Rima Das is a filmmaker from India known for making indigenous and realistic stories that explore complicated relationships, finding purpose, coming of age and life amidst nature. Her films “Village Rockstars” and “Bulbul Can Sing” premiered at Toronto International Film Festival and were screened at over 120 prestigious film festivals around the world winning over 70 awards including the National Film Awards in India. “Village Rockstars” was also India’s official entry to the 2019 Academy Awards. Das has donned multiple hats of writer, director, producer, cinematographer, and editor for her projects.
“Tora’s Husband” is screening at the 2022 Toronto International Film Festival, which is running from September 8-18.
W&H: Describe the film for us in your own words.
RD: “Tora’s Husband” is about a small-town businessman whose struggles are real, but his expectations disappoint him. His inner world and his outside world are always at conflict.
The film is also a social commentary on the dichotomy among different classes.
W&H: What drew you to this story?
RD: During the initial three months of the first lockdown in India, I was living alone in Mumbai. The news of people’s suffering and loss disturbed me. I stood at my window for hours, reflecting about the uncertain times, life, and relationships. I longed to meet my family but waited patiently. Finally, flights opened.
When I returned to my home town in Assam, life was rather different. Although there was fear, regular activity driven by the need for survival had resumed.
I felt I should go out and tell the story of the common people because one day this time will be history. I aimed to depict the uncertainty of these times. I wanted to explore the struggles of people who look fine on the outside, but are broke and broken.
W&H: What do you want people to think about after they watch the film?
RD: We often think only our perspective is the right perspective. There will be less conflict if we accept that there is no right or wrong: each individual just thinks differently. I am leaving it to the audience to interpret the film as they like.
W&H: What was the biggest challenge in making the film?
RD: We were shooting this film over two years, through loss and lockdowns. It was extremely challenging because the pandemic restricts you in many ways, both physically and emotionally. There was constant fear and anxiety — the energy and morale of the cast and crew were low. It took some effort to keep the team motivated, but I am grateful we stuck together and made “Tora’s Husband” happen.
W&H: How did you get your film funded? Share some insights into how you got the film made.
RD: I began this film organically, driven by the desire to tell the story of these times. So, I chose to self-fund the film as I couldn’t lose time. Quite like my previous films “Village Rockstars” and “Bulbul Can Sing,” I produced “Tora’s Husband” fiercely independently with a team of just four to five people at a time and some local support.
Due to Covid challenges, unpredictable lockdowns, and the nature of the film, the budgets overshot than I initially estimated.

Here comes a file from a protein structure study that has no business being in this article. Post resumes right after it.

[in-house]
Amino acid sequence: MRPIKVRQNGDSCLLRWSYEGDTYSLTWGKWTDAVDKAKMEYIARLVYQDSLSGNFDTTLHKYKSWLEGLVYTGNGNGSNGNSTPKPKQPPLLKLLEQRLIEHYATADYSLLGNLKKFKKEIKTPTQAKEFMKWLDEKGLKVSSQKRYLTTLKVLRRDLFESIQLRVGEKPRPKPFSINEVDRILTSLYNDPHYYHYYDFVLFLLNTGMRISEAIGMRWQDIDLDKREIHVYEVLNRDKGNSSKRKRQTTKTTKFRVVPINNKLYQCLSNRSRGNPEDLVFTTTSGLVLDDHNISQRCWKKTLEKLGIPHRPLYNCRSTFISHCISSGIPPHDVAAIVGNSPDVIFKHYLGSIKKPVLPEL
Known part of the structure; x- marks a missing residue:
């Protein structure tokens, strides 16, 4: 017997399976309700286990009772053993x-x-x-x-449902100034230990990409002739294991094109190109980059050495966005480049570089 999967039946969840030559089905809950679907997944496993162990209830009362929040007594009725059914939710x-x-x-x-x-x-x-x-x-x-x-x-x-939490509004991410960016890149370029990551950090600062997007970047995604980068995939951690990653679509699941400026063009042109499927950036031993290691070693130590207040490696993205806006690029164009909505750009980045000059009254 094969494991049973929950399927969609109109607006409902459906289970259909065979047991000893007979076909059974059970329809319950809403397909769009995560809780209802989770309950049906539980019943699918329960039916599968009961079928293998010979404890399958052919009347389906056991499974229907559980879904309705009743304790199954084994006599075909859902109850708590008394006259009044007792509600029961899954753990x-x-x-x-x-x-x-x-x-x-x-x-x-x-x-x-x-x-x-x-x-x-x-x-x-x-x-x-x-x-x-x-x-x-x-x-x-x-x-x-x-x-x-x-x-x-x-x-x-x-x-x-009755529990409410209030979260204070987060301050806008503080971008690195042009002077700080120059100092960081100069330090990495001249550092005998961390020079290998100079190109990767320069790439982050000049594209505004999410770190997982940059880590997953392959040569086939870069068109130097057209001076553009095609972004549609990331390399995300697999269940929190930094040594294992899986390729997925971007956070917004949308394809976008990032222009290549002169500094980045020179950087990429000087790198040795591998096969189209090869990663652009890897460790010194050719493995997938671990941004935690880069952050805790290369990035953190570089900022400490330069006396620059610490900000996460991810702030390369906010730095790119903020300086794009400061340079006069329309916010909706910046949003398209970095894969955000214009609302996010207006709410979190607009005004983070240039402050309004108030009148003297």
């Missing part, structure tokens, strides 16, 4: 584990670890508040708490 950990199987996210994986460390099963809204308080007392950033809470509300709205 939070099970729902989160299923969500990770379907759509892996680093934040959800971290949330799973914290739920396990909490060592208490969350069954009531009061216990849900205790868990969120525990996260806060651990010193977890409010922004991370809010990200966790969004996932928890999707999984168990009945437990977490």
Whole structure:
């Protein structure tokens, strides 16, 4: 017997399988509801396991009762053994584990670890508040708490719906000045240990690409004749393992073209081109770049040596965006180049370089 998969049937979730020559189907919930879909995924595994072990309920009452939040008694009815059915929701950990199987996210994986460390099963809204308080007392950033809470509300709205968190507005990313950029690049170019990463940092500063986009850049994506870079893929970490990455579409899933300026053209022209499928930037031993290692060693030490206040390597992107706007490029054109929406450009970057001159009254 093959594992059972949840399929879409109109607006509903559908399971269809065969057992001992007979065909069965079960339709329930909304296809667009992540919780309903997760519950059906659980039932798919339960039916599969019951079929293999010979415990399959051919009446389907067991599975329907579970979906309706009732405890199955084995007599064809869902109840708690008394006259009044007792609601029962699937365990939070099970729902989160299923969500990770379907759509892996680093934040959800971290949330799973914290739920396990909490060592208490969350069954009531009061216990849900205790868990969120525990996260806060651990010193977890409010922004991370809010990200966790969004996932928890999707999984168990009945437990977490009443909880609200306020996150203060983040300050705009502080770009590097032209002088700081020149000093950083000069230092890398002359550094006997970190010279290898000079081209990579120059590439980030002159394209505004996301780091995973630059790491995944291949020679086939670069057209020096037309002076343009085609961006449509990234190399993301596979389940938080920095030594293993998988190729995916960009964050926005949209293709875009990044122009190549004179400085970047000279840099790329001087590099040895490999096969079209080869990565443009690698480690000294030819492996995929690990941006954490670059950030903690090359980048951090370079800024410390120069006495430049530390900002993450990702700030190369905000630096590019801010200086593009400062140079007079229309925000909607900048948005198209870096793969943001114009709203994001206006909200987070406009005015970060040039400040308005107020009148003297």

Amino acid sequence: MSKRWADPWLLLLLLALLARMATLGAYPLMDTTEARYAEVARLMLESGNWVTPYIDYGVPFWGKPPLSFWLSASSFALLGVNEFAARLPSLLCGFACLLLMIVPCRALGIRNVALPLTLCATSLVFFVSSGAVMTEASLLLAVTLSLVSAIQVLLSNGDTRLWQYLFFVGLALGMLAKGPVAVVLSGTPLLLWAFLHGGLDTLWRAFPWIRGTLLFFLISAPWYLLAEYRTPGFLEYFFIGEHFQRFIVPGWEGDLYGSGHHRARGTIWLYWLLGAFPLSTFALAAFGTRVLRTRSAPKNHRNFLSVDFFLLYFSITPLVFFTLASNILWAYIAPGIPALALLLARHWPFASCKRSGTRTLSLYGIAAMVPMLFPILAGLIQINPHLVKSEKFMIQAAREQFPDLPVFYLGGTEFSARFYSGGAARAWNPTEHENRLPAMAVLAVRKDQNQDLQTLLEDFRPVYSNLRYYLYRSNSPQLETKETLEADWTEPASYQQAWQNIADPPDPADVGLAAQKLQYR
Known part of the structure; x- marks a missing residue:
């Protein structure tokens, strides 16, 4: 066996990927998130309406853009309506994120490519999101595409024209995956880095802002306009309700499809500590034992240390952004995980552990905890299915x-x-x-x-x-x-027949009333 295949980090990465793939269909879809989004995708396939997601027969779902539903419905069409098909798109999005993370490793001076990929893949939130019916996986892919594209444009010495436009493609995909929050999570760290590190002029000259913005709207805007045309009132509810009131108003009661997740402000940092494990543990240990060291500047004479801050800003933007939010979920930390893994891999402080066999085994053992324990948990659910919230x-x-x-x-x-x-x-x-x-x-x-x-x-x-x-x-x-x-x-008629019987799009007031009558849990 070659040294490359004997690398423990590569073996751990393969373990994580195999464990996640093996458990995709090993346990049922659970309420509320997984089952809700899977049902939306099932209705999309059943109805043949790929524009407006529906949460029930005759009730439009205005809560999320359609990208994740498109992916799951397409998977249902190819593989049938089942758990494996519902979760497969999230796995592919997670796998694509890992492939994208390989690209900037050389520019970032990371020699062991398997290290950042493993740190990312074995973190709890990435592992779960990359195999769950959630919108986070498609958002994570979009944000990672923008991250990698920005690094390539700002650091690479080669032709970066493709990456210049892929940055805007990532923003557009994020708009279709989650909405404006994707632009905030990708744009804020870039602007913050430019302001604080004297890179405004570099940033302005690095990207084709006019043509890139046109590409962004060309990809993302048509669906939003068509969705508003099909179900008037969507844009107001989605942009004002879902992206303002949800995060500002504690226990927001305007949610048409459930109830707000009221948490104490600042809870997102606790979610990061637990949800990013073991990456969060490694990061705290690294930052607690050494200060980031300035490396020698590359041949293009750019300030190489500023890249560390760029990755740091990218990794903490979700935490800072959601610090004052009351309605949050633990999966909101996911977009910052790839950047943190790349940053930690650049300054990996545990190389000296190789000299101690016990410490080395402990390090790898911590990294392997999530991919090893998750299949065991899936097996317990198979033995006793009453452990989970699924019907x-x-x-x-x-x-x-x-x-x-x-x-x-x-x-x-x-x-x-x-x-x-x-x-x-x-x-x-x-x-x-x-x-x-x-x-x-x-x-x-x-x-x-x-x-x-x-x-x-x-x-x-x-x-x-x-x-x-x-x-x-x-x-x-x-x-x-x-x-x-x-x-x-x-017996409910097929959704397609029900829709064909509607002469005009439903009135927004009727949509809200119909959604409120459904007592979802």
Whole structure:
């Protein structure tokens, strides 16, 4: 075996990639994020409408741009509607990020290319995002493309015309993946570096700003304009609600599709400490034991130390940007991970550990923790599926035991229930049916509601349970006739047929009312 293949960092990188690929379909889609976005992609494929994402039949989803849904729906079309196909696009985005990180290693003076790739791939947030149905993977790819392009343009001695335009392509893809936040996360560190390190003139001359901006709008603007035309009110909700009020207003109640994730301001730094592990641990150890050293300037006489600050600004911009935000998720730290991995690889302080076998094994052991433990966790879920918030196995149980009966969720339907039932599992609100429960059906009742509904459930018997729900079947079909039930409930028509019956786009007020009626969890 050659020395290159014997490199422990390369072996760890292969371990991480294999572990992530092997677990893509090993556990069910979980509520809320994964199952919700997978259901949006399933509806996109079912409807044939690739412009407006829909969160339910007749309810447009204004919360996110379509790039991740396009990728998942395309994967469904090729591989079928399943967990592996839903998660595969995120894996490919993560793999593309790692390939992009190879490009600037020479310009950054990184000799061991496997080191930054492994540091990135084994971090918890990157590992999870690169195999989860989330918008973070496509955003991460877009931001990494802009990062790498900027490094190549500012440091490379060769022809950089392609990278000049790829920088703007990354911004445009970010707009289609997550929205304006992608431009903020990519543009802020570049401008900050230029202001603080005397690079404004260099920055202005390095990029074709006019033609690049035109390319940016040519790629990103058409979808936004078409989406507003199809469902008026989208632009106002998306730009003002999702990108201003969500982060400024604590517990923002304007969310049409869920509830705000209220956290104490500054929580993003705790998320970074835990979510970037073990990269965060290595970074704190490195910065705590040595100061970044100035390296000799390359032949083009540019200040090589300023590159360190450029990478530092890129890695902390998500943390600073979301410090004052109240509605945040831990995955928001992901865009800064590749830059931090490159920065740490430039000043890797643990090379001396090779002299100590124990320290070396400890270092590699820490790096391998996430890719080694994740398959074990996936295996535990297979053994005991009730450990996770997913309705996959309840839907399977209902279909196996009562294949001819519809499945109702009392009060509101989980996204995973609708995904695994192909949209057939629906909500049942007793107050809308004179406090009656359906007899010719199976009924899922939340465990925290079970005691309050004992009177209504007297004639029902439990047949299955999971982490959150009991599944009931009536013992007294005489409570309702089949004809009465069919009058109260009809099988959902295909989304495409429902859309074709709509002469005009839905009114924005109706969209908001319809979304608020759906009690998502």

W&H: What inspired you to become a filmmaker?
RD: I came from a different background that had nothing to do with films. I didn’t go to a film school nor did I have family or friends who were into films with whom I could talk about my ideas. I was just trying to find acting jobs in Mumbai, and I got acquainted with world cinema. I was mesmerized by the storytelling and the power of the visuals.
Coming from India I had many stories. I liked the idea of creating my own world through cinema.
W&H: What’s the best and worst advice you’ve received?
RD: I am inspired by the message from the “Bhagavad Gita” that says focus on your work rather than being attached to the fruits. I try to follow it in my life by immersing myself in the process and enjoying it rather than worrying about the results.
When I was starting my journey as a filmmaker, I was told that thousands of people apply to international film festivals. As a first-time filmmaker, I do not stand a chance and I should give up on that thought.
W&H: What advice do you have for other women directors?
RD: I believe each of us has our own journey and I am proud to see my fellow women directors doing wonderful work. May our tribe grow!
W&H: Name your favorite woman-directed film and why.
RD: Agnès Varda once said, “I’m fighting a struggle, which is to make cinema alive and not just make another film.” That somehow always stays with me.
Among the more recent films, I quite liked “First Cow” directed by Kelly Reichardt. I like how she has created an immersive world with her story, characters, the set up, and the treatment, finding kindness and humanity in the most unlikely of places.
W&H: What, if any, responsibilities do you think storytellers have to confront the tumult in the world, from the pandemic to the loss of abortion rights and systemic violence?
RD: I always ask myself how can there be an equilibrium between humanity, nature, and the universe. Thoughts don’t have consequences but actions do. And whatever happens, I believe love is above all. As storytellers, we have a very powerful visual medium. I try to create a world on-screen as I see and I want to see.
W&H: The film industry has a long history of underrepresenting people of color onscreen and behind the scenes and reinforcing — and creating — negative stereotypes. What actions do you think need to be taken to make Hollywood and/or the doc world more inclusive?
RD: Be it Hollywood or film industries back home in India, we see certain communities are underrepresented or misrepresented. Each of us will have to play our part to increase awareness and build ecosystems to make the industry more inclusive.